Joanne Jacobs Sixth-grade students at Pomeroy Elementary School in Milpitas work on their assignments on desktop computers.Joanne Jacobs Sixth-grade students at Pomeroy Elementary School in Milpitas work on their assignments on desktop computers.Joanne JacobsJuly 23, 2018Founded more than a decade ago, Summit Prep became nationally known for its success in getting all its students through Advanced Placement classes and into college. But school leaders found that many of its graduates struggled in college without the mentoring and support they’d received at the small charter school in Redwood City, south of San Francisco.
“Graduates told us, ‘You guys loved us too much’” said Lizzie Choi, Summit’s chief program officer.
In 2012, with a goal of creating “self-directed learners,” Summit redesigned its two high schools and opened two new schools. The network now consists of eight middle and high schools in California and three in Washington state.
A key element of Summit’s model is an online platform developed with engineering help from Facebook. The model is now supported by the Chan-Zuckerberg Initiative, the foundation established by Facebook founder Mark Zuckerberg and his wife Dr. Priscilla Chan.
For a closer look at the Summit Learning Platform go here.
Students master academic content by choosing from “playlists” made up of a range of learning tools including free online instructional videos from the Khan Academy, animated videos from BrainPOP, guided practice problems and interactive exercises, websites and texts. Students take tests when they feel ready, moving on only when they’ve achieved mastery of the content.
Students spend most of their time learning cognitive skills and concepts through individual and collaborative “deeper learning” projects. Ninth-graders, for example, create scientific experiments to measure the impact of technology waste on the environment, while 7th-graders explore the civil rights movement in the United States by examining injustices in their own communities.
The online platform comes loaded with a comprehensive teacher-created curriculum, ideas for student projects and assessments for grades 4 through 12 in core academic subjects. A blue line on the student’s dashboard shows whether he or she is progressing at the expected pace.
In addition, teachers work one-on-one with students, helping them set short-term and long-term goals and develop “habits of success,” such as self-management, responsible decision-making and persistence.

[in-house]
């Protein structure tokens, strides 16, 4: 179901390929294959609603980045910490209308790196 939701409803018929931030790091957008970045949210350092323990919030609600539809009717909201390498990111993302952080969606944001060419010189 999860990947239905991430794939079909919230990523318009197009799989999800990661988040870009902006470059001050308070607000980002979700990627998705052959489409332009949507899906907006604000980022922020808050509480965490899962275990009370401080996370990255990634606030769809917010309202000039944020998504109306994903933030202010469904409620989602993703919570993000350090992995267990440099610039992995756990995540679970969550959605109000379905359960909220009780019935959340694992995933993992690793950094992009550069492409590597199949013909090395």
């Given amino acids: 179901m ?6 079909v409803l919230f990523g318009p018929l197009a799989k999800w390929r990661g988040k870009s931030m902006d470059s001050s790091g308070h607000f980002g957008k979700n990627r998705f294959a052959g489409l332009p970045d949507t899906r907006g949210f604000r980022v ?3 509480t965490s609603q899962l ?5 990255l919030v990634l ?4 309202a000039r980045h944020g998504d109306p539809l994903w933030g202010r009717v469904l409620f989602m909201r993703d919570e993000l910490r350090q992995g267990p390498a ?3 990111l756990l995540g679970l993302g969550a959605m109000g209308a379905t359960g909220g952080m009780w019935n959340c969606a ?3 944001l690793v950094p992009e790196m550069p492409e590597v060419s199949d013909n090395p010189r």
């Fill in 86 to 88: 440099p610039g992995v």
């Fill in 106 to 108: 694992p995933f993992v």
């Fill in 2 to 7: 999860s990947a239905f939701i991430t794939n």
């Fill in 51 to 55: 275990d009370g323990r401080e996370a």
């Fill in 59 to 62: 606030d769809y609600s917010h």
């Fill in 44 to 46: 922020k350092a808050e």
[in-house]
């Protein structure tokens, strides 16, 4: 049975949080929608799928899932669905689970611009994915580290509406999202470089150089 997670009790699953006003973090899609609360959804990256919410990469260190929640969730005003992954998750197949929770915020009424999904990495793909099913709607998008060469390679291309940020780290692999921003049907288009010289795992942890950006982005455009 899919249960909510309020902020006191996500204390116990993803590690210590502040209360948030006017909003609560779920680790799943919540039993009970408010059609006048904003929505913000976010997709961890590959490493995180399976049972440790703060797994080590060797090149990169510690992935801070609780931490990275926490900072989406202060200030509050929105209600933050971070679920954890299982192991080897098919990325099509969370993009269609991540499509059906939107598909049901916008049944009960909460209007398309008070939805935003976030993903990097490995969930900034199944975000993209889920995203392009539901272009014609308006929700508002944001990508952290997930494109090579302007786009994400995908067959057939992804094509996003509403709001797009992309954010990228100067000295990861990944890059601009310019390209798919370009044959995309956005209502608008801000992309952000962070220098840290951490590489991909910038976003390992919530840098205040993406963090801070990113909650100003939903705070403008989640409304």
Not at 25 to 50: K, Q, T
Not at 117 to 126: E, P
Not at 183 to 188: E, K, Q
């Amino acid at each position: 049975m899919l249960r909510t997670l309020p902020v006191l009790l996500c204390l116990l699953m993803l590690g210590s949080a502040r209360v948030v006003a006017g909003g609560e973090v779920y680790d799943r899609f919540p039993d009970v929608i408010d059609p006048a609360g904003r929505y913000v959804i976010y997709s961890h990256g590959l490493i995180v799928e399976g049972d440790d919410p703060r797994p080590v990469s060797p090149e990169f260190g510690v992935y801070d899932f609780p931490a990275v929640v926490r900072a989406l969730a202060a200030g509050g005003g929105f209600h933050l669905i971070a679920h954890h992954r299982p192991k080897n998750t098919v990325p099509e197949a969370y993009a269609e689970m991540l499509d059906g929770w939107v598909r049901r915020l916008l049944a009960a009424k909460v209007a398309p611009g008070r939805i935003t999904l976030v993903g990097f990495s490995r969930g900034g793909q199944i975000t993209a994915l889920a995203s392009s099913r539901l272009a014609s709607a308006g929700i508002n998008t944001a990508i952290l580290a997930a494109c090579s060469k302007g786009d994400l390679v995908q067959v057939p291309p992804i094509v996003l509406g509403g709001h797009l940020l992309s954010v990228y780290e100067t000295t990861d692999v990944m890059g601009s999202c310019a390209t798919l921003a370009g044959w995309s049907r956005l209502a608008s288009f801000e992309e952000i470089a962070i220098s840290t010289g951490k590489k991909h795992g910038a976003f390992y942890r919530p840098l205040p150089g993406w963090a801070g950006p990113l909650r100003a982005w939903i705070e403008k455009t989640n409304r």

By 2015, Summit was ready to share its model — at no charge — with schools across the country.
What’s now known as the Summit Learning Program includes free use of the platform, summer training sessions for teachers and mentoring and technical support for teachers and school leaders throughout the school year. In exchange for the free services, partner schools are testing how the platform works in a variety of settings, adapting it to their needs and sharing their improvements.
Summit Tahoma High, now located in south San Jose, was one of the new schools founded in 2012 to prepare students to direct their own learning. With 400 students, primarily from middle- and working-class Latino, white and Asian-American families, the school is housed in a cluster of gray portable classrooms next to Oak Grove High, part of the East Side Union High School District.
In Emily Richey’s 9th-grade English class last school year, students were told to select and read a nontraditional text, such as a political cartoon, video, or song about a social problem and then write a paragraph explaining the text’s point.
And in 9th-grade “Modern World I” Eileen Kim taught students to integrate evidence into their arguments as they wrote an essay about a fictitious “zombie revolution.” Eventually, students were expected to research a real revolution — Russian, French, Cuban, Egyptian, Mexican, or Iranian — and write an essay on whether it was “necessary.”
Twenty percent of the school day is devoted to what Summit calls Personalized Learning Time. or what students more commonly call PLT. Using their laptops, students log into the Summit Learning Platform and access online playlists related to topics such as the structure of DNA and trigonometric ratios. “PLT is my favorite,” said Ely Villagrana, a 9th-grader.
Just as technology facilitates student learning, it also helps teachers connect with students, said Nicholas Kim, who was the school principal from 2013-17. “We have so much clarity about what students know and can do,” he said. “Teachers know exactly which kids need more help and what they need help with.”